Things may in fact be better now; however, based on an experience I had approximately ten years ago, they are not substantially better, and certainly not good enough. The patient in my anecdotal evidence was only freed upon the same conditions as those in the Rosenhan experiment, and the behaviour of the staff and doctors was spot on. If anything, the patient left the institution with more problems than she entered with.

Comment author: MixedNuts 15 September 2012 09:20:09AM 2 points [-]

Staff behavior is easiest to judge (patients can't see hospital notes, and if you're not faking you can't judge the diagnosis much). Here's my experience in the acute psychiatric wing of a Swedish public hospital:

I am not psychotic (as far as I know, ha) but had a symptom a few years back that I mentioned when asked. (I think they screen everyone for psychosis.) They focused on that a lot, but did not medicate me for it.

the pseudopatients were not able to obtain their release until

I was voluntarily hospitalized. I don't know if demanding to leave would have worked. I was able to get day permissions and then released basically by being visibly happy then telling doctors so.

they agreed with the psychiatrists that they were mentally ill

Nobody asked me to self-diagnose!

and began taking antipsychotic medications

That one's true - medication (not antipsychotics in my case) was not optional.

No staff member noticed that the pseudopatients were flushing their medication down the toilets

Taking meds is the only time we were actively watched (except for patients on suicide watch).

Their possessions were searched randomly, and they were sometimes observed while using the toilet.

often discussing patients at length in their presence as though they were not there, and avoiding direct interaction with patients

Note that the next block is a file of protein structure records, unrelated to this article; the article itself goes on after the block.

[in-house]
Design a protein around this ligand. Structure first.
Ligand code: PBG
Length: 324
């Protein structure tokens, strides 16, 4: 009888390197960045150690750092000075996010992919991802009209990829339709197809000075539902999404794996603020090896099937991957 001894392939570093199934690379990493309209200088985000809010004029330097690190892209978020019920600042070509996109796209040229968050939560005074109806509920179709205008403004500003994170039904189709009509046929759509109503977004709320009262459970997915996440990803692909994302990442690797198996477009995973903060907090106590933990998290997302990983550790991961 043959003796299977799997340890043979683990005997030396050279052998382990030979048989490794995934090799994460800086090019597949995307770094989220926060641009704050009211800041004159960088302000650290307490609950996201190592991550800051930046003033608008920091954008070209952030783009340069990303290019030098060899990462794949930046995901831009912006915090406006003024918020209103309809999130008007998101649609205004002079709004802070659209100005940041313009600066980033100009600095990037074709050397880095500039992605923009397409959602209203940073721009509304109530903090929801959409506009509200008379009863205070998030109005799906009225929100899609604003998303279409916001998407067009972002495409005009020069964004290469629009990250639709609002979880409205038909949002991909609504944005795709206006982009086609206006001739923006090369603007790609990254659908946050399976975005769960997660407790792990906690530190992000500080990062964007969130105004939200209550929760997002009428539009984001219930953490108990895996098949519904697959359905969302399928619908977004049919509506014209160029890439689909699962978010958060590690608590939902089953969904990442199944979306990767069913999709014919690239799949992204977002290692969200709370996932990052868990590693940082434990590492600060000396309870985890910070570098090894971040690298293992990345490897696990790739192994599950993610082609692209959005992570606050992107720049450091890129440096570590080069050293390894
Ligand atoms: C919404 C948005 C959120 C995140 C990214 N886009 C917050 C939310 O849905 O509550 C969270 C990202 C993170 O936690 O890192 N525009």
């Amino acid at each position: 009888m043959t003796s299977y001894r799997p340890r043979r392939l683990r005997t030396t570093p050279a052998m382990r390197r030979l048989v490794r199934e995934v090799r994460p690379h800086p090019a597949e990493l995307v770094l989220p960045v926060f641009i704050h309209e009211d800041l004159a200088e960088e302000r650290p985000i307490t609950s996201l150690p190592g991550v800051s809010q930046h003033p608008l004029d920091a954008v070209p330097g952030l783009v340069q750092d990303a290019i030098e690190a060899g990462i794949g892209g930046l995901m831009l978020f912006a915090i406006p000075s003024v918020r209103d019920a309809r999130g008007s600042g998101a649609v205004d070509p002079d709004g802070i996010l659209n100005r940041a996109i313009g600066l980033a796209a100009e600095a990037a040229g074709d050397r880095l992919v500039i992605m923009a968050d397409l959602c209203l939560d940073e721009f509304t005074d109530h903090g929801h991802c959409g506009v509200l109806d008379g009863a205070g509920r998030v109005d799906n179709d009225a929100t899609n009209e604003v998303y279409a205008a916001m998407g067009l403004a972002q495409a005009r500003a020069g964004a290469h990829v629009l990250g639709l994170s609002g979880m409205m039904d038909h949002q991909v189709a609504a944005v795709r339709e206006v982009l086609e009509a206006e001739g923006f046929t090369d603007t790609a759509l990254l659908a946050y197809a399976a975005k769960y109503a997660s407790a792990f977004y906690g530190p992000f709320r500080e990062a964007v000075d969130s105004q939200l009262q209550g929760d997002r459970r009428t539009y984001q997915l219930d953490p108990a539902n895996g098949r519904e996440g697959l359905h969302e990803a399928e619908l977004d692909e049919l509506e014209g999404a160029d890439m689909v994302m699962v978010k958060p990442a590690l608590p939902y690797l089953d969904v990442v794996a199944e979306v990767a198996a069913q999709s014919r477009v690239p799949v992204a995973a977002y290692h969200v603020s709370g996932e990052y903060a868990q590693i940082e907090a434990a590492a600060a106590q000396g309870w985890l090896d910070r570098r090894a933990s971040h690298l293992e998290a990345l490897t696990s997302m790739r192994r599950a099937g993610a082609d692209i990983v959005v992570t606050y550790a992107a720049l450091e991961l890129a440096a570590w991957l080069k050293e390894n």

Some attendants were prone to verbal and physical abuse of patients when other staff were not present.

Nuh-uh.

Contact with doctors averaged 6.8 minutes per day.

30 minutes every weekday morning with two doctors and a nurse, in a private room. I think this is standard procedure in Sweden.

Comment author: Vaniver 15 September 2012 02:02:30PM *  0 points [-]

they are not substantially better

They have to be better along the "how long were they detained?" axis because for decades there were about 40% less asylum beds than there had been previously. I think it's likely that the underlying thought processes and biases- i.e. normal people looking crazy enough to diagnose if you already think they're crazy- are not significantly different, and that's what most people care about anyway. (Being able to convince a doctor that I'm sane is more important to me than whether it takes 2 days or 19!)

Comment author: MixedNuts 15 September 2012 05:28:18PM 1 point [-]

Being able to convince a doctor that I'm sane is more important to me than whether it takes 2 days or 19!

Why is that? That's the case if you need psychiatric certification for a job or a medical procedure or something. But generally, being locked up somewhere people can make you take arbitrary medication is bad, and grows worse over time (medication kicking in and unsafe to quit too quickly, effects of detention, damage to your outside life), whereas a piece of paper telling you to take some medication can be ignored. Is there something I'm missing, like insurance premiums?